Lcc Fiber Reinforced ‘Green’ Composites Derived From Raw Plantain Starch
Significant research is being conducted to derive environment-friendly, sustainable and fully biodegradable polymers and composites. These help avoid the environmental pollution created by the conventional non-degradable plastics that end up in landfills. Starch is a yearly renewable plant-based resource that is most abundantly available around the world. Increasing number of scientists have modified starches from potato, corn, rice, etc., to create resins that can replace the more common petroleum based ones. Understanding the gravity of the situation, the major objectives of this research are as follows: 1. To develop a fully 'green' resin using raw plantain starch and banana microfibrils with the help of minimal and green/ food grade chemicals. 2. To study the effects of chemical and mechanical treatments on morphology, orientation, crystallinity and ultimately tensile strength of the inherently strong liquid crystalline cellulose fibers. 3. To devise an easy to scale up method for fabricating advanced 'green' fiber reinforced composites as a contribution to the greener world. On these lines, starch was isolated from raw plantain pulp using alkaline and non-alkaline methods. A comparative study of the processes used and resulting starch contents was carried out. Starch content of above 80% was successfully isolated from the plantain fruit by alkaline steeping method using Sodium bisulfite (NaHSO3), a food grade chemical. The physical and mechanical properties of the obtained starch were characterized and compared with the conventional starches. An environment-friendly cross linker 1,2,3,4-butane tetracarboxylic acid (BTCA) along with a catalyst, Sodium hypophosphite-monohydrate (SHP), was used to crosslink the plantain starch into a thermoset resin. Further, banana stem fibers were harnessed to extract cellulosic microfibrils and used as the reinforcing element to enhance the modulus (stiffness) of the resin and make it truly 'green'. Liquid Crystalline Cellulose fibers were used as fillers to make a fiber reinforced composite using RP starch based resin. These fibers were characterized for their tensile properties, diameter and crystallinity in order obtain control data and device methods to improve them further. The fibers were subjected to physical (tension) and chemical treatments to enhance their mechanical properties and make them high strength. Various parameters like treatment chemical, load value, duration were varied to carry out a deep study of their effect on the mechanical properties of LCC fibers. A gradual increase in the percentage crystallinity and mechanical properties was seen on optimizing each parameter. A dramatic increase compared to the control fibers was obtained in the tensile modulus and strength on testing the Sodium bisulfite treated fibers under tension at optimum parameters. In summary, a convenient and easy to scale up process was developed to obtain a fiber reinforced composite from plantain-based resin using its pulp, banana stem fibers and LCC yarns. The mechanical and physical properties of this starch suggest that it can be used in place of conventional starch based resins. In addition, the developed process allows using large quantities of raw cull plantains and potentially eliminating the waste problem created by excess production as well as damage caused during their harvest and transportation.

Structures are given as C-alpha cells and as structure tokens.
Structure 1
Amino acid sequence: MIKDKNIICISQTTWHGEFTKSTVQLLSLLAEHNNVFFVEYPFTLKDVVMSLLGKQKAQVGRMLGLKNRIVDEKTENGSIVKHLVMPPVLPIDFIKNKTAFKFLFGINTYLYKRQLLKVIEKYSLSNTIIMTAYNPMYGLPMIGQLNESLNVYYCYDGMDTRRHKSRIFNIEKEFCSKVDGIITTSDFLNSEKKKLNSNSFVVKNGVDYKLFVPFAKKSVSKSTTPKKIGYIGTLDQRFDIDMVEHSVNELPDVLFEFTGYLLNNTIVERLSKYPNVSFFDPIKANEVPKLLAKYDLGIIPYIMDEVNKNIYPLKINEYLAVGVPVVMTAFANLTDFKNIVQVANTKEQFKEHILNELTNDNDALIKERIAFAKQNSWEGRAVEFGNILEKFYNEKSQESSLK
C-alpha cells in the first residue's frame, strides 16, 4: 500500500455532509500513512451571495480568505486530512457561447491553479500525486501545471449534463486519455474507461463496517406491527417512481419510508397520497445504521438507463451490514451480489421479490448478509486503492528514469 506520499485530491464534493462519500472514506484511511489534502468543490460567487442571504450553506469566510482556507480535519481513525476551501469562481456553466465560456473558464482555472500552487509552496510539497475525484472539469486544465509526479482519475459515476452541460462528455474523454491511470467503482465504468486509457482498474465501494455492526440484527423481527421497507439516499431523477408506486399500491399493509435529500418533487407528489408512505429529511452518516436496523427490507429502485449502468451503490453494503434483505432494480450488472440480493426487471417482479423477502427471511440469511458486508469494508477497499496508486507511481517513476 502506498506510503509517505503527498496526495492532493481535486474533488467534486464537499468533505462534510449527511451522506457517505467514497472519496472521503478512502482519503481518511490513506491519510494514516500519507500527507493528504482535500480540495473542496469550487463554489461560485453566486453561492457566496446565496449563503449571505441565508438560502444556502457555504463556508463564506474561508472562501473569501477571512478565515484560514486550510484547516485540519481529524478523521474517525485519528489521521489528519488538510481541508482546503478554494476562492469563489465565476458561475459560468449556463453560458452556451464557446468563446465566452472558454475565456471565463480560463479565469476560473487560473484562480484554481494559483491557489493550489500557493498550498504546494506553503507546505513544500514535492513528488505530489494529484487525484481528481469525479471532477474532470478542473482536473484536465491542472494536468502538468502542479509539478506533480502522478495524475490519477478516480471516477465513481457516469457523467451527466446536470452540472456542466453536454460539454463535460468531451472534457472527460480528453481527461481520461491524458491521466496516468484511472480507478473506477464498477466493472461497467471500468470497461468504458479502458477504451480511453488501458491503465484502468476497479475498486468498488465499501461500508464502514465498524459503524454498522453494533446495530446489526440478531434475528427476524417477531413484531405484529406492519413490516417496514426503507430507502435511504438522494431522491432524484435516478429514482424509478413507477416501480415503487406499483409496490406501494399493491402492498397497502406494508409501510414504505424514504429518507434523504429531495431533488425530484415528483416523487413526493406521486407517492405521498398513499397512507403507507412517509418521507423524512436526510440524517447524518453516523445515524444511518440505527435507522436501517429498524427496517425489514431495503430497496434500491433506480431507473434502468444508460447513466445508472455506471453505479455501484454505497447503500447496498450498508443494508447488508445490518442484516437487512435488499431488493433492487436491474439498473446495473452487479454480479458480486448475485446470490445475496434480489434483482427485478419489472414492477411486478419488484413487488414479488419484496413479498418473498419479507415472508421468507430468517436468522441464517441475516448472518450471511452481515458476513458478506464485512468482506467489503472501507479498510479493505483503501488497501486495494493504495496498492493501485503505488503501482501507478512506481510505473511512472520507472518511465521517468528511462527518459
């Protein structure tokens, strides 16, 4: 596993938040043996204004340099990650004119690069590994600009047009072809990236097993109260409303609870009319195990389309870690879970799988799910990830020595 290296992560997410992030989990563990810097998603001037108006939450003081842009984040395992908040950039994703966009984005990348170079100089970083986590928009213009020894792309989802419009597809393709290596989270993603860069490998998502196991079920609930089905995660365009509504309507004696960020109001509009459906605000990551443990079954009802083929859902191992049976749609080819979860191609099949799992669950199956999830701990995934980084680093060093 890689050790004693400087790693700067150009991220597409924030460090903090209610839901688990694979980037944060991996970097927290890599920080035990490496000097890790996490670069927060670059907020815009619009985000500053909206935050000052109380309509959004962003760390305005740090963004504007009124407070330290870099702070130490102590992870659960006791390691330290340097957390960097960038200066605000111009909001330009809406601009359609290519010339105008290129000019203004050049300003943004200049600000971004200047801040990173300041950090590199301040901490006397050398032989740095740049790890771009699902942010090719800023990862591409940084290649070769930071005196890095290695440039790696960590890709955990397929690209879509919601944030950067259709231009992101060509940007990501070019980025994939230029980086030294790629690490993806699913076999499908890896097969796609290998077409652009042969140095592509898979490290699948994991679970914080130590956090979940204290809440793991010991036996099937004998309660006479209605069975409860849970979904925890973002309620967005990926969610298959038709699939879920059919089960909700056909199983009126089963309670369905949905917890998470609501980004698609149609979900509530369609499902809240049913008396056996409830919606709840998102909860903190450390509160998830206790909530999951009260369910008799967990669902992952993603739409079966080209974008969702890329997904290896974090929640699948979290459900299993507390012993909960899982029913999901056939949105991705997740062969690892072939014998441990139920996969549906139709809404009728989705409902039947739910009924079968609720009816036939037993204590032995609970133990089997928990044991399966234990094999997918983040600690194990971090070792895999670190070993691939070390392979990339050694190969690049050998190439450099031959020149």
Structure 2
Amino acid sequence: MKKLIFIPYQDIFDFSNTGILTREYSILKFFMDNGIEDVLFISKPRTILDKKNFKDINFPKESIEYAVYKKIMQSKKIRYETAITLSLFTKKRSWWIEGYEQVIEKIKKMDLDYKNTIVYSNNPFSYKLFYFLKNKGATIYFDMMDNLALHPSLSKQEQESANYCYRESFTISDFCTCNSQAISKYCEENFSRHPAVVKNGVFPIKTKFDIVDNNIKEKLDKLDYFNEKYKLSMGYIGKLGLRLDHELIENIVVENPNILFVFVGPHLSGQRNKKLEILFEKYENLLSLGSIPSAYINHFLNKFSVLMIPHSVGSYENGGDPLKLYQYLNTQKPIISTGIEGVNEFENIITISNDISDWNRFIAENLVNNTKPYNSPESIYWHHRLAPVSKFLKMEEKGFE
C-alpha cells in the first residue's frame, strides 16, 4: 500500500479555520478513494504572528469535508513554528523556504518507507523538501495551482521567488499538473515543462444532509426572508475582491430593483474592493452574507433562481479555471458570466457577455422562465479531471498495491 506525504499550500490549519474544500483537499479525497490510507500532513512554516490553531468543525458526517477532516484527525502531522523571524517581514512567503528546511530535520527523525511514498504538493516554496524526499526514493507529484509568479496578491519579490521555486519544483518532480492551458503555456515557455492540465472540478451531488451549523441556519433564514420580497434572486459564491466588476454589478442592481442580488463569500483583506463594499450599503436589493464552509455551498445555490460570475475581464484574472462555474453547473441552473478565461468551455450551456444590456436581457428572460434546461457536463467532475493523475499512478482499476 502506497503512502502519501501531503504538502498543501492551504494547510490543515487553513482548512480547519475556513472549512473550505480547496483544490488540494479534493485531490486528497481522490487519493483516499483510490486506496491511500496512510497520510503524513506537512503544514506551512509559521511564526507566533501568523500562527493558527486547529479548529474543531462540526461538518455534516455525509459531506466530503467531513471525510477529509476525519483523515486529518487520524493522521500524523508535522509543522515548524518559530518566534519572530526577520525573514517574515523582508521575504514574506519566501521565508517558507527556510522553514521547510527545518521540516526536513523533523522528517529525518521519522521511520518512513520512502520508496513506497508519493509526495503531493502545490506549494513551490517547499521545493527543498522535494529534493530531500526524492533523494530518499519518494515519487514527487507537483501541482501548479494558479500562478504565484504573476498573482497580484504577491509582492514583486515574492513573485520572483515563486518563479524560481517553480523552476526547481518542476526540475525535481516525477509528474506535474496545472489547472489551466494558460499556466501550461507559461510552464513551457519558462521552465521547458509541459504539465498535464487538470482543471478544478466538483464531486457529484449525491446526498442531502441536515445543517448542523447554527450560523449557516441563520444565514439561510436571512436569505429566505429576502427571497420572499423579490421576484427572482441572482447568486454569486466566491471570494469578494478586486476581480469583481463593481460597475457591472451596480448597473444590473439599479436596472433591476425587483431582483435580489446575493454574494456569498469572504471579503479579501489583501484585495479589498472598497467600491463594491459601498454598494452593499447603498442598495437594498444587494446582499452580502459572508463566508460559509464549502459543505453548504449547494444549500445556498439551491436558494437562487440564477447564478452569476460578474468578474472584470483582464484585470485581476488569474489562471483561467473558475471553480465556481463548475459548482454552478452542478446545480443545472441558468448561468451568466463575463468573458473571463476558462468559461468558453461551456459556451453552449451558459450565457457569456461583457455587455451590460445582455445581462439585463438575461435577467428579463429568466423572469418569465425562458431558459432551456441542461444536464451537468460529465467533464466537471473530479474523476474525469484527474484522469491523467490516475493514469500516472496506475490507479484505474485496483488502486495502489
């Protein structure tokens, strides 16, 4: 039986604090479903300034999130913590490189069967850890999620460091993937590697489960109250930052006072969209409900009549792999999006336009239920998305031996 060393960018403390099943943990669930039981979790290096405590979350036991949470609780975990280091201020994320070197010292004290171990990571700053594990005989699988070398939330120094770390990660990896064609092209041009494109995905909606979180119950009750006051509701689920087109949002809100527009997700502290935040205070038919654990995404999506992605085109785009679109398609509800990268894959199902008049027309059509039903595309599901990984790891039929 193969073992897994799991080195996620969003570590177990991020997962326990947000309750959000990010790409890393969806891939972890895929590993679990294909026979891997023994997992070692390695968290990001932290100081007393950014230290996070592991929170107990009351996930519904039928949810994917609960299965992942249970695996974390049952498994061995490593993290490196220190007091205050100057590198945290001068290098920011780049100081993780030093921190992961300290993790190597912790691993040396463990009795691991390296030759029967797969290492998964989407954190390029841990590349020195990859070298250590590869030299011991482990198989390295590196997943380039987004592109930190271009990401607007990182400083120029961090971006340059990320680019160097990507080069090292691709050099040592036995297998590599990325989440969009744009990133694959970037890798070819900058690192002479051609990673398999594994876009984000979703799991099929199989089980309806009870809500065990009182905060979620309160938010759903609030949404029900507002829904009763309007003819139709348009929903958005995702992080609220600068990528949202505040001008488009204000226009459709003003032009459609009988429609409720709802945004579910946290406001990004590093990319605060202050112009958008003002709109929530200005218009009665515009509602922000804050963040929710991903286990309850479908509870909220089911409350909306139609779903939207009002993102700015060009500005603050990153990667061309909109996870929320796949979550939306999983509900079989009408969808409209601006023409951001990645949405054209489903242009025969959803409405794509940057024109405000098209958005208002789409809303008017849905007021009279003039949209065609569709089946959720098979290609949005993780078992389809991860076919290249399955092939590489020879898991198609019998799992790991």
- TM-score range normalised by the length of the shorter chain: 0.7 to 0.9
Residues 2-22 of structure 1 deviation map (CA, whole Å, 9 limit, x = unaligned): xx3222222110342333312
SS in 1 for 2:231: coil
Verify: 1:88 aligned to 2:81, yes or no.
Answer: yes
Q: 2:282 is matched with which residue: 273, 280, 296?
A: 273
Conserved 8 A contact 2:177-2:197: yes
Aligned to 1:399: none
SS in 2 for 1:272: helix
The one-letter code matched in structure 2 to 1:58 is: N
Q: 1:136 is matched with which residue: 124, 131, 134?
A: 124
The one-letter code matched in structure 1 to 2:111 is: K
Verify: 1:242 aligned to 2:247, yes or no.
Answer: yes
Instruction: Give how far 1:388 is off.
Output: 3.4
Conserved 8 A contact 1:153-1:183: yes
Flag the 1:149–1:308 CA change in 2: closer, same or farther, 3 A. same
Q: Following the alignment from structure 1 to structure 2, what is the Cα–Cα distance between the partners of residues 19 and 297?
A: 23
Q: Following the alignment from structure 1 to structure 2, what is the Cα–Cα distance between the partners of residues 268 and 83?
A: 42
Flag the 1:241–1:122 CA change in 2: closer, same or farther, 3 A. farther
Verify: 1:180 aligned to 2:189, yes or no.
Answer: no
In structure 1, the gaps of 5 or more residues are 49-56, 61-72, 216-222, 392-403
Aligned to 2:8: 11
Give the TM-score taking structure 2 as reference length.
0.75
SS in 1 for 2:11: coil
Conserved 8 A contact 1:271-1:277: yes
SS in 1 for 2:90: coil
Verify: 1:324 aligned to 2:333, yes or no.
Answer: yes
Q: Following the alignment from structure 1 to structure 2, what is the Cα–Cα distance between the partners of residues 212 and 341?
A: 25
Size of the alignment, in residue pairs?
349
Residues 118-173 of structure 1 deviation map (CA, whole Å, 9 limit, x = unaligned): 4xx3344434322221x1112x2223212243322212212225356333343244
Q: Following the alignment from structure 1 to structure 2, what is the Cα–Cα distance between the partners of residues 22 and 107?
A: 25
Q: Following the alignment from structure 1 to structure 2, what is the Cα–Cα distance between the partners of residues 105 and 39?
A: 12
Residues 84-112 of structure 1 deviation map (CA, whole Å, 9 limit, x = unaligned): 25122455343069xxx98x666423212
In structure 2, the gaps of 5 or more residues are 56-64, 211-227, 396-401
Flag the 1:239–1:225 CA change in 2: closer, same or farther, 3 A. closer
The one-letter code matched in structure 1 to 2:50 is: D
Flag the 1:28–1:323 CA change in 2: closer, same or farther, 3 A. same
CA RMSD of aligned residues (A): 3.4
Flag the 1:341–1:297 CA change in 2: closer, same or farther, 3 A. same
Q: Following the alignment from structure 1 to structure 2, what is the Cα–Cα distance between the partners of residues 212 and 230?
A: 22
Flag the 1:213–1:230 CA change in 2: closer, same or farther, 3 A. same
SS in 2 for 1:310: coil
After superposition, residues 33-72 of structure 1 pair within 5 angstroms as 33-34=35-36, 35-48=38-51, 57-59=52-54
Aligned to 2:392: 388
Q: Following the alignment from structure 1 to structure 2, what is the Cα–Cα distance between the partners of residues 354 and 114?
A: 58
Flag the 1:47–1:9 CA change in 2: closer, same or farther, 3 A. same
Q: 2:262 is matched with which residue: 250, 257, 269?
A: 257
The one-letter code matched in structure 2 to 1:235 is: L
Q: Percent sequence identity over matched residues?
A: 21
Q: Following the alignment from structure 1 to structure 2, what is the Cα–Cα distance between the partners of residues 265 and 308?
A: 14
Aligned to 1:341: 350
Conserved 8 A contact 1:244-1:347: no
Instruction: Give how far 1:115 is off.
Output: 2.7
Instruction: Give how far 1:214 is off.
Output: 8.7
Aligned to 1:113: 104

M.S., Fiber Science
Master of Science
dissertation or thesis